But seriously. That's something that came into my mind as well, I thought of all these people in mental institutions that think they're fine (how can you know you're insane?) but are locked up. I don't think they should be set free... they fuckin insane right?

    See 'Changeling', there is a sequence in that which relates to my thought.

  4. Ha I was gonna respond to Eden the same way. I've felt even as a child that it's funny how majority rules, there are 5% gay people so they are wrong. There are this many black people so they should listen to us coz we know best. I think to understand life, we need to gear the minority POV, or else it will whither away for a long time. It's also funny how with life going on so long, each stage will fall and a new one will be set

  5. Perception, insanity, freedom.. all classic themes of this book. I agree with everything all of you have just said so I won't rehash it. However, there's another view that I kept thinking about, especially towards the end of the book, that I found most mind-expanding.

    What if Big Brother is right? What if O'Brien that annoying piece of shit is actually telling the truth? As we read about Winston's ordeals after he is captured our dreams are crushed, party because we are all freedom-fighters at heart and want to rebel against the Man; but also partly because Orwell is such a fantastic storyteller that we become very much involved in Winston as a character. So when he is captured, everything O'Brien says about the Party and Doublethink sounds like complete bogus, and we as skeptics obviously doubt him. Back to my point, (and Lee's point previously), that perception is reality. O'Brien and every other member of the Party is so brainwashed that they have created this new world, and eventually they are too powerful for Winston's willpower. They are smarter, stronger, and as Orwell explains in the book, O'Brien is far better educated than Winston.

    My point is this; if the Party is capable of creating this society, and basically everyone (and possibly everyone in the slums as well we aren't sure of that) believe this nonsense, why is it not reality? Our world is only real to us because we live in it. If we lived in Oceania we would be ratting out our parents to the Thought Police, we would participate in Hate Week, and we would certainly love Big Brother - a possible reference to faith in a god perhaps? An excercise of doublethink is necessary to believe in Christianity, as we all know that evolution isn't just some made up term.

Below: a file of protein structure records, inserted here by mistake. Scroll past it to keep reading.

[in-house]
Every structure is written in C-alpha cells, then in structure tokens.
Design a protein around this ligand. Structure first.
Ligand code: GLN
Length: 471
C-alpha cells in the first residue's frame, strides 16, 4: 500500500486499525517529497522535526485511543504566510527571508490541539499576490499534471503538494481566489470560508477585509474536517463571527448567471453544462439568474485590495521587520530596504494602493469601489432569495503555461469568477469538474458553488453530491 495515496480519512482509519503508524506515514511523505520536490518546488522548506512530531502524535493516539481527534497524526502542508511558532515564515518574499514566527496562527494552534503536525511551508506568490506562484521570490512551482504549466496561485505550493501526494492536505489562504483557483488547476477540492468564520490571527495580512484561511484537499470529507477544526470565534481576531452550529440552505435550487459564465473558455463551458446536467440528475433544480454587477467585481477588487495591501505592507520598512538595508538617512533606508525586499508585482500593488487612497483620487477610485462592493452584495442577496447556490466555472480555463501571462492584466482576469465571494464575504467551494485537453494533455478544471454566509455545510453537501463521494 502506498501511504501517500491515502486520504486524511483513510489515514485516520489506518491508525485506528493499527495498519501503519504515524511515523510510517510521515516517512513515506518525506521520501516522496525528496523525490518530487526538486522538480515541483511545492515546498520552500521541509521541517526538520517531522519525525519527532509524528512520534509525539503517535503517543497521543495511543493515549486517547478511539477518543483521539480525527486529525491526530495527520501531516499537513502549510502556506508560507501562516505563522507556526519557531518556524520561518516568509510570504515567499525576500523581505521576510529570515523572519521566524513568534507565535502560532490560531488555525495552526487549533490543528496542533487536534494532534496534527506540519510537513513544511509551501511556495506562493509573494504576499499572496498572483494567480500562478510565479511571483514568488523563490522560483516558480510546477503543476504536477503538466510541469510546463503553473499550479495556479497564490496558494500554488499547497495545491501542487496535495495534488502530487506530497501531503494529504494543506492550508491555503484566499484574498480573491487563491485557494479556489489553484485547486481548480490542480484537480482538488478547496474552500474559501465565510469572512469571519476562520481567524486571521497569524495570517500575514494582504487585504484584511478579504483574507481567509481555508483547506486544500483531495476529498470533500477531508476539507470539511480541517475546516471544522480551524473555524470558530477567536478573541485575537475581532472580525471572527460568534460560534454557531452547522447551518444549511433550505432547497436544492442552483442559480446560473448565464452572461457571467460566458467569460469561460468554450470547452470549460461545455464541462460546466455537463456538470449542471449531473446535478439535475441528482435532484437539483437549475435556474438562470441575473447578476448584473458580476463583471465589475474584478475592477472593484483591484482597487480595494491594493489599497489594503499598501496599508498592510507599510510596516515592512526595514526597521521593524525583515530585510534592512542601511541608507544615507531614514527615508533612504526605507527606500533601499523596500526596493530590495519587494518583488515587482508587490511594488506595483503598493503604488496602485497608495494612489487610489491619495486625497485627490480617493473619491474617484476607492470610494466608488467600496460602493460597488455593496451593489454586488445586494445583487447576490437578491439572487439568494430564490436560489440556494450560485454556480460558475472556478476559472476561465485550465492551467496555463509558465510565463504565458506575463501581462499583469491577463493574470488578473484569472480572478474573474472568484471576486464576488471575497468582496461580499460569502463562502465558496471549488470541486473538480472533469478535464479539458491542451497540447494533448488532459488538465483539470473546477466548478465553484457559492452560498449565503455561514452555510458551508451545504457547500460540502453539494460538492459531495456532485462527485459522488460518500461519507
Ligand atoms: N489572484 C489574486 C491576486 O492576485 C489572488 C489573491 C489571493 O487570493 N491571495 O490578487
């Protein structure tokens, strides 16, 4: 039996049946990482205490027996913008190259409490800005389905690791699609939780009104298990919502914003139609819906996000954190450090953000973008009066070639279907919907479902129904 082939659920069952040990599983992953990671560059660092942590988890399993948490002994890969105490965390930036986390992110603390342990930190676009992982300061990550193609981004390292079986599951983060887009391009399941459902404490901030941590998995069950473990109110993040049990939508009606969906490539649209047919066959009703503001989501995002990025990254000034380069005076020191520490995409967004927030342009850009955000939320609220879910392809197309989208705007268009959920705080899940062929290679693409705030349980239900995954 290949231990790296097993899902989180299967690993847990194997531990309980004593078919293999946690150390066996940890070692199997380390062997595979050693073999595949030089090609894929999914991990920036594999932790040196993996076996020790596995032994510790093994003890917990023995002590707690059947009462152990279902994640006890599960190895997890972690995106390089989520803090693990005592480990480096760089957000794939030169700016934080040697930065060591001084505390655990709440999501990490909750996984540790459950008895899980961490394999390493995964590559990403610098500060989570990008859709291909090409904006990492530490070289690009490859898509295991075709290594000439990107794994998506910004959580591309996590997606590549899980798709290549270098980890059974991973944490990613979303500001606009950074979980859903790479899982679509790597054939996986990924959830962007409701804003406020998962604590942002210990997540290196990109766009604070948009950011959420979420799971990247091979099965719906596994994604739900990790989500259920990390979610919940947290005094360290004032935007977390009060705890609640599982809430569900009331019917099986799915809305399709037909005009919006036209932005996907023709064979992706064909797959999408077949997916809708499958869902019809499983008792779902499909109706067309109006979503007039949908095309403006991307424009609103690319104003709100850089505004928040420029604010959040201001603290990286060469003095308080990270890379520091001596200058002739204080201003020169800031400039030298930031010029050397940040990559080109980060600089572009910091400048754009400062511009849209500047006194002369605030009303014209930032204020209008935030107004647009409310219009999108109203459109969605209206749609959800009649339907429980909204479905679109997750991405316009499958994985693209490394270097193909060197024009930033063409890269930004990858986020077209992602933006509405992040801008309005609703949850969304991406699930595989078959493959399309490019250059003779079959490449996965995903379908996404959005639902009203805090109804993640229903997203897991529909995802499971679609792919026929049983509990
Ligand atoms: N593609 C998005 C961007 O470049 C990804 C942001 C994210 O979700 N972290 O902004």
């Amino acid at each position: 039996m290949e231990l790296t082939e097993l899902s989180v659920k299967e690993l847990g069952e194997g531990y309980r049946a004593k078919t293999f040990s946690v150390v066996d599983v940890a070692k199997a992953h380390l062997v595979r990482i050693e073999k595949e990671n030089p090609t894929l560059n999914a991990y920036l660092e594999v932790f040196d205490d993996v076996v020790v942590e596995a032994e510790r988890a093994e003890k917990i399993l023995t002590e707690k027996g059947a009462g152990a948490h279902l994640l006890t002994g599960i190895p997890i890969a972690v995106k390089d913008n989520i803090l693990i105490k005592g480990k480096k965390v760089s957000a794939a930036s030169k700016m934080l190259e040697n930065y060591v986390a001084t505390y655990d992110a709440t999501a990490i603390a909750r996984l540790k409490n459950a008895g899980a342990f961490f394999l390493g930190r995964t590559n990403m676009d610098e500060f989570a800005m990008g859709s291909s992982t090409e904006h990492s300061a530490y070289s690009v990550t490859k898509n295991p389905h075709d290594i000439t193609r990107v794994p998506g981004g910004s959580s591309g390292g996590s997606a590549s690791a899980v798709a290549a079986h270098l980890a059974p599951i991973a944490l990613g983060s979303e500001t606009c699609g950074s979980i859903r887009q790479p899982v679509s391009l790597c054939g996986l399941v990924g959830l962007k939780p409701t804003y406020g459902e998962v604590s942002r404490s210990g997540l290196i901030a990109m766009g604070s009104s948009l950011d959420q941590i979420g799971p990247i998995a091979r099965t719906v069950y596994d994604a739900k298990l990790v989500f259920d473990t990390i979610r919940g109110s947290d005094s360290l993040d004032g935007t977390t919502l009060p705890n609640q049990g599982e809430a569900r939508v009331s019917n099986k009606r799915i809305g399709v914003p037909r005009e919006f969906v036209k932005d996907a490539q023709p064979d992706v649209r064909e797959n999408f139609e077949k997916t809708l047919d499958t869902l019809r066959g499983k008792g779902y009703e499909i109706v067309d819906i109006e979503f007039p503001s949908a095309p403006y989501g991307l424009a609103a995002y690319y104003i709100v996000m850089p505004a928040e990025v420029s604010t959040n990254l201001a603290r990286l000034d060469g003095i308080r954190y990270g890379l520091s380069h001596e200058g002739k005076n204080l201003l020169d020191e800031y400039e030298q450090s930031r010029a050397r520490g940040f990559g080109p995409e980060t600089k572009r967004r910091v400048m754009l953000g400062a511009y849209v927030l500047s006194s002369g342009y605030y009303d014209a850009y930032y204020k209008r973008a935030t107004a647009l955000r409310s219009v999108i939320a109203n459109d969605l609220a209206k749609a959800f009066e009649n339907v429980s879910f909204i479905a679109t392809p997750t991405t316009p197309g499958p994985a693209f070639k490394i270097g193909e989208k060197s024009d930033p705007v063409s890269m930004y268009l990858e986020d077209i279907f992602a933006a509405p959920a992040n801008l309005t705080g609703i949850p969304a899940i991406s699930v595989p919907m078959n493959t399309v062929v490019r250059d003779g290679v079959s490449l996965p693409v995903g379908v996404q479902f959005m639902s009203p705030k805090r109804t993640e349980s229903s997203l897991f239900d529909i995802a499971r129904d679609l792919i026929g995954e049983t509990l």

1984 had me turning the pages at a violent pace, (and sometimes re-reading pages). I understand when Hamish says it wasn't enjoyable, but just Orwell's writing alone left me with a smile on my face.

    Thanks for setting this blog up, it's fun to scribe ideas.

    Long live Big Brother.

  6. "Big Brother - a possible reference to faith in a god perhaps? An excercise of doublethink is necessary to believe in Christianity"

    This never even crossed my mind, it seems so obvious now that you've said it. I did think of him as a god, but I never related it back to religions of today.

    I've added Animal Farm to my list of books to read.

  7. Thats some good interpretation Russ. Another cool thing about this book is that everyone takes something slightly different away from it.

    The way the appendix talks about the potential of Newspeak is almost creepy as well. The ultimate goal was to make english forgotten and newspeak the only language within 50 years. And with its limited vocabulary and absolute meanings of the words people would not actually have the capacity to describe many of their emotions and would literally (literally) be too stupid to have deep thought provoking discussion.

    Now think of our language as it stands now. Surely our minds are limited because we can't put every thought or emotion into a tangible form such as language and therefore struggle to let those thoughts/emotions evolve to the next stage. How long could you understand a concept if you couldn't translate it from a feeling or emotion to words? Maybe that's why people struggle to describe a true DMT experience because they reach a place that our language has never thought to encompass.